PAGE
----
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Dei Verbum and the Sources of Revelation
Posted By Eric Sammons On November 18, 2009 @ 7:00 am In Scripture,The Church | Comments Disabled
Today is the anniversary of the promulgation of Dei Verbum , the Dogmatic Constitution on Divine Revelation issued at the Second Vatican Council on November 18th, 1965. Dei Verbum is my favorite document from Vatican II, but it was not without controversy, as it made a theological declaration that contradicted a common (but not infallible) teaching of Catholic theology of the time.
Many people like to call Vatican II a “pastoral” council, implying that it was not a dogmatic council. By this they mean that Vatican II, unlike every other council, didn’t make any dogmatic declarations but instead just issued pastoral documents to guide the faithful in the modern world. To a large extent this is true, but it is too sweeping of a statement, and it does not apply completely to Dei Verbum, which did in fact settle an important theological debate.
One of the debated issues in the mid-20th century Catholic theological world was the issue of the sources of revelation. Were both Scripture and Tradition sources of revelation, and if so, were they completely independent? Most Catholic theologians in the post-Trent Church argued that Scripture and Tradition were two separate sources of revelation. They based their belief on the Council of Trent, which declared “both saving truth, and moral discipline…are contained in the written books [Scripture] and the unwritten traditions”. Note that it just simply states that “saving truth” and “moral disciple” are contained in both “written books and the unwritten traditions” – there is no comment on how much saving truth is found in either form of transmission. In the original draft of this decree, it stated that revelation is found “partly” (partim) in the written books and “partly” (partim) in tradition, but that language was removed before the text came up for a final vote. If that language had made it to the final decree, it would be hard to argue with the “two-source” belief about revelation.
However, at Vatican II the Council Fathers went a different direction. In Dei Verbum, they declared that the “Gospel” was the “source of all saving truth and moral teaching” (DV 7). (Note that “the Gospel” does not equal “the [four] Gospels”; it is the content of the saving message of Jesus Christ – the “Good News” he proclaimed and lived). Both Scripture and Tradition pass on this Gospel and it is not possible to separate them: “there exists a close connection and communication between sacred tradition and Sacred Scripture. For both of them, flowing from the same divine wellspring, in a certain way merge into a unity and tend toward the same end” (DV 9). Finally, Dei Verbum declares that “Sacred tradition and Sacred Scripture form one sacred deposit of the word of God, committed to the Church” (DV 10). Note the integral unity between Scripture and Tradition and the common source of them both. You cannot have a division between the two any more than you could have a division between your two legs; they work together for a common purpose.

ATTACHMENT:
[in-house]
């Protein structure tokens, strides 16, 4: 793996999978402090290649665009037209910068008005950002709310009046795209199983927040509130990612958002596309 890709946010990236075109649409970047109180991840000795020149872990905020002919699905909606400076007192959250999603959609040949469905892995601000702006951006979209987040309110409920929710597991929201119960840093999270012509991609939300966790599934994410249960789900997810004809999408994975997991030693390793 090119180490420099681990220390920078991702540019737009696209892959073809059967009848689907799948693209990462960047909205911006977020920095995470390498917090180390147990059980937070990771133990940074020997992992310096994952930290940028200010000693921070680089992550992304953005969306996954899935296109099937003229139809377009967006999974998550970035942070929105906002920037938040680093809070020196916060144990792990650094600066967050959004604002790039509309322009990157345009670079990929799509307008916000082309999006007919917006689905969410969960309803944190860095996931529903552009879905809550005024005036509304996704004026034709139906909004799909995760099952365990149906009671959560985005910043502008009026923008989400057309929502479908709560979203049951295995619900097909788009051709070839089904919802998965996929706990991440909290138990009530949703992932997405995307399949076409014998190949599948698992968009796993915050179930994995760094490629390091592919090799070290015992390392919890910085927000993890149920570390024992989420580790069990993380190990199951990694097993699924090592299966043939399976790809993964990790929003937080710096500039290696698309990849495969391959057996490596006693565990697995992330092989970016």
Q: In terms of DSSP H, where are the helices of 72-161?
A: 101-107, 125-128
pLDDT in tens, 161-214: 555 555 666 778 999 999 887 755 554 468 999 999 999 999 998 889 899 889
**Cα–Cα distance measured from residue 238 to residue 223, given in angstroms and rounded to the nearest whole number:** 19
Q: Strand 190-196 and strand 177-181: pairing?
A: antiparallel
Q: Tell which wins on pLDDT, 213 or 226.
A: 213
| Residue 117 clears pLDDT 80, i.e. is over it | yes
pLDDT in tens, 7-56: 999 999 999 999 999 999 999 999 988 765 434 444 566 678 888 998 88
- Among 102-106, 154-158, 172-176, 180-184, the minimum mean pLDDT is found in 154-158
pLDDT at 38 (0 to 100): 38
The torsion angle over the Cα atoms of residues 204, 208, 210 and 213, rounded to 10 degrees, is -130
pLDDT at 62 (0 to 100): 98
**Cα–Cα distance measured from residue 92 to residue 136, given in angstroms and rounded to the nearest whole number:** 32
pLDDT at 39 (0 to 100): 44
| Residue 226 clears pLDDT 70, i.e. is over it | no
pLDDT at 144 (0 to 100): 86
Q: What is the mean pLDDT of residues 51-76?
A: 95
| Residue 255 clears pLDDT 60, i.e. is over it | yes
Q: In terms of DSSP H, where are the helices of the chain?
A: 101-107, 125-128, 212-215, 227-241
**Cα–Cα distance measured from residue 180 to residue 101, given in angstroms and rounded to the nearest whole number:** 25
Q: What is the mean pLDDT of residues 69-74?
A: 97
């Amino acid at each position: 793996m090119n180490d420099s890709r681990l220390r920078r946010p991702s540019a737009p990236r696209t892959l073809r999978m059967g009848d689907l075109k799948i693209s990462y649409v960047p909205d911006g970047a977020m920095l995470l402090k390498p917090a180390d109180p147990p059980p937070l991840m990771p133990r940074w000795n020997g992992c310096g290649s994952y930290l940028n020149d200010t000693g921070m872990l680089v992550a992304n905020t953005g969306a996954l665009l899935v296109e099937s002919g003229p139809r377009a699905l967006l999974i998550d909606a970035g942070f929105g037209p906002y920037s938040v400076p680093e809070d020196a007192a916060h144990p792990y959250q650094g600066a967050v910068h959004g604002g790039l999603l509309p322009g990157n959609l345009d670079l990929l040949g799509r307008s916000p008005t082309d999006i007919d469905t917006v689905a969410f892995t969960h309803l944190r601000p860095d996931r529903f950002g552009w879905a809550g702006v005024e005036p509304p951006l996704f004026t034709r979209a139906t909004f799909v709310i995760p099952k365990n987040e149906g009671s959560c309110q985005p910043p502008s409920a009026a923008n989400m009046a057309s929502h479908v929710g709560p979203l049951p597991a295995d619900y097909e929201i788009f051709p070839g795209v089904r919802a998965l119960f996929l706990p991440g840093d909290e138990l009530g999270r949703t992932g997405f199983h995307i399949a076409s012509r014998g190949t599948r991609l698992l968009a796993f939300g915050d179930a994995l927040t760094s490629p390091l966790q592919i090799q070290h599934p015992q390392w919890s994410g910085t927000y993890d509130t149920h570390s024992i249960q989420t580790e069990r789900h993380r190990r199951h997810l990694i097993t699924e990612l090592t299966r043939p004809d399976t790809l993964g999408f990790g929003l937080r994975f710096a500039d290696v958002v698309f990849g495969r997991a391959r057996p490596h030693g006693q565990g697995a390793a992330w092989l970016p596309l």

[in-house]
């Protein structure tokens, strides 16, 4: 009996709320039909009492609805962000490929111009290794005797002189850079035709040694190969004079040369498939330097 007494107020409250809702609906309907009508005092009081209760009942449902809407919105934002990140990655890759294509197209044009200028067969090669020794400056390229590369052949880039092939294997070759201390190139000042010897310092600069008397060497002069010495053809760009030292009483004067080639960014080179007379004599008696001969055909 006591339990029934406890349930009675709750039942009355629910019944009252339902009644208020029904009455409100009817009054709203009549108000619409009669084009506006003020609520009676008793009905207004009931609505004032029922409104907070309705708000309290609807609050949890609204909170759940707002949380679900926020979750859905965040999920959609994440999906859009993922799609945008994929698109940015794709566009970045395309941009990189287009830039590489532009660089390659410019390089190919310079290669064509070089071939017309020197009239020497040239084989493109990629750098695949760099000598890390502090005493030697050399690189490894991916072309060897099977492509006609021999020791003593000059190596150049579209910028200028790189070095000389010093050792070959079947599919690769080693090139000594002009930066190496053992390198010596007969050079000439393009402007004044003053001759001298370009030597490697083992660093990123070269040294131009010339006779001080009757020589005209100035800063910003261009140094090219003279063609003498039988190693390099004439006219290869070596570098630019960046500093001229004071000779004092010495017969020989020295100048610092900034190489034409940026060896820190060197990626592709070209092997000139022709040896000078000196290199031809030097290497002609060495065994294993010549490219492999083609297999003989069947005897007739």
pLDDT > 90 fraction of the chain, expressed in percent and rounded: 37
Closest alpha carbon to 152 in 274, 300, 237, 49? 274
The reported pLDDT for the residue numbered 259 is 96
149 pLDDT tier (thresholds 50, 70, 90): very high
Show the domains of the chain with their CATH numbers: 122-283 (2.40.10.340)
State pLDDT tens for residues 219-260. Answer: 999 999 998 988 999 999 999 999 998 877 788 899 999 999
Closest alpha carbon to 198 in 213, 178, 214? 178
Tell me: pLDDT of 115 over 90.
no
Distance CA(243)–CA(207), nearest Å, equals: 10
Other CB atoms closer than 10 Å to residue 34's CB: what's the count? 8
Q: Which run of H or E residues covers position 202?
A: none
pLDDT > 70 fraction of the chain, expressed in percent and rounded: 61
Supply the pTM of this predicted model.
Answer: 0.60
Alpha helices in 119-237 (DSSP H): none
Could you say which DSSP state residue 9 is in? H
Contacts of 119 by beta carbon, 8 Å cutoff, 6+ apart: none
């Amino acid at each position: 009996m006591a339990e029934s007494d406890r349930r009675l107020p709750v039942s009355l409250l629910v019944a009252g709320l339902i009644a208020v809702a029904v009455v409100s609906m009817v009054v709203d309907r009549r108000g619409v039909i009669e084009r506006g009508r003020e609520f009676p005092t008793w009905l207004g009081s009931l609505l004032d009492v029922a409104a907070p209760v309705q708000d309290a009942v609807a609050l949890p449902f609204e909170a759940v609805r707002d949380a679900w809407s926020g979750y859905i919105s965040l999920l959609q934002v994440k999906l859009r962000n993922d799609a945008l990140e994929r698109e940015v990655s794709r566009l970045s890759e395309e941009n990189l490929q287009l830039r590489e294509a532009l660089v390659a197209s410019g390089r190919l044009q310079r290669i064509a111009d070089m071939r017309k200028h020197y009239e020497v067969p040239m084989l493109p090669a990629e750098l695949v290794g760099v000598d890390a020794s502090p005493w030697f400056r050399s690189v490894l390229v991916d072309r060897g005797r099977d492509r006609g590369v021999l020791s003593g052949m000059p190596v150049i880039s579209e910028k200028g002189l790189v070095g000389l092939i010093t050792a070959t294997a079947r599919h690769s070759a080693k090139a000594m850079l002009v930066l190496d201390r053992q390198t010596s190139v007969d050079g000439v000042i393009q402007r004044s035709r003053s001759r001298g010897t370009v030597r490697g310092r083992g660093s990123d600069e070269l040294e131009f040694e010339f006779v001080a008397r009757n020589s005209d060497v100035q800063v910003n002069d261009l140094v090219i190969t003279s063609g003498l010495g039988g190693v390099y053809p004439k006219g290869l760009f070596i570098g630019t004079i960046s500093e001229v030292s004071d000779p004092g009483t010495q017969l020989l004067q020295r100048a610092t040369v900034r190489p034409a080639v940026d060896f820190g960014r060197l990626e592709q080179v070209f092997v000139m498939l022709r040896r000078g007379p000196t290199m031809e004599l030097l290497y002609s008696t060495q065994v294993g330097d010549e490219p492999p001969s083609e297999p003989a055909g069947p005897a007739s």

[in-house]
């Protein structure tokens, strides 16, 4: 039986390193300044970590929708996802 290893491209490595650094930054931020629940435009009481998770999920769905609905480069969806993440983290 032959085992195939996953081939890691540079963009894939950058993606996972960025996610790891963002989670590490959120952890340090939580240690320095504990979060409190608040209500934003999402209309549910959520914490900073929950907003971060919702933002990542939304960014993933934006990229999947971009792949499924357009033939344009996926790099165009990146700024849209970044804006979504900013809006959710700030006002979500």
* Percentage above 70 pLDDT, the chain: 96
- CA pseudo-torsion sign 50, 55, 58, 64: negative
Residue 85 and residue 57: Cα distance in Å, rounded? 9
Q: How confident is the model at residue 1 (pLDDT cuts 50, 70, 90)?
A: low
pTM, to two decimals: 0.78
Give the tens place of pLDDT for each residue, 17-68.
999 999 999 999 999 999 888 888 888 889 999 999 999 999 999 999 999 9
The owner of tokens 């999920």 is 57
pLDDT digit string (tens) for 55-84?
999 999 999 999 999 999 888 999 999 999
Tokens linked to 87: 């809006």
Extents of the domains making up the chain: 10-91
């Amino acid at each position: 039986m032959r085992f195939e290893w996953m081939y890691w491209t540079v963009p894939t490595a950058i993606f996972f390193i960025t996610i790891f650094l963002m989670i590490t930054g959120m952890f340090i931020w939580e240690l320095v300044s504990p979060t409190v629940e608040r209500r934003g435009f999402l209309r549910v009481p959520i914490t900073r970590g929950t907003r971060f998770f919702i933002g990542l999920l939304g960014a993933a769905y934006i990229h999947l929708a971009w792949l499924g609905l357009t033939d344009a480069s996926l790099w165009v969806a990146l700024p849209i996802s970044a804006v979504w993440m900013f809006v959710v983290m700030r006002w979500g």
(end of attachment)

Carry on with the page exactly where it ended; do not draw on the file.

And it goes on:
From this, the door was definitively shut on the “two-source” theory of divine revelation. But note that the teaching of Dei Verbum was not a new teaching, invented in the 1960′s. It dates back to the 2nd century and St. Irenaeus, where he lays down the same structure in Book 3 of Against Heresies : the “Gospel” was handed on by Jesus to the apostles, and then the apostles by both Scripture and Tradition handed it on to future generations. The “source” of revelation is not either the Scriptures or Tradition, but the Gospel itself. This Gospel contains all the saving truths of our salvation and it is handed on to us through Scripture and Tradition.
Irenaeus’ teaching, however, was mostly forgotten in the Catholic world by the early 20th century, and it was only by a “return to the sources” (ressourcement) that it was recovered. But it was not recovered without some resistance: the controversy it aroused during the Council can be seen in the long history of Dei Verbum; it was one of the first constitutions debated at Vatican II but one of the last to be approved. Somewhat surprisingly though, it has become one of the least controversial of the documents in the post-Vatican II world. I think that is because most theologians recognized the declaration’s brilliant resolution to the debate; it rises above the 16th century Protestant-Catholic debates and shows that we cannot equate the content of the Gospel with the means in which it is passed on to us.
If you have some time today or in the next week, I strongly recommend that you read Dei Verbum . It is a short document but packed with beautiful insights regarding how God has revealed Himself to us.
Article printed from Divine Life – A Blog by Eric Sammons: http://ericsammons.com/blog
URL to article: http://ericsammons.com/blog/2009/11/18/dei-verbum-and-the-sources-of-revelation/
URLs in this post:
 Dei Verbum: http://www.vatican.va/archive/hist_councils/ii_vatican_council/documents/vat-ii_const_19651118_dei-verbum_en.html
 Book 3 of Against Heresies: http://www.ccel.org/ccel/schaff/anf01.ix.iv.i.html
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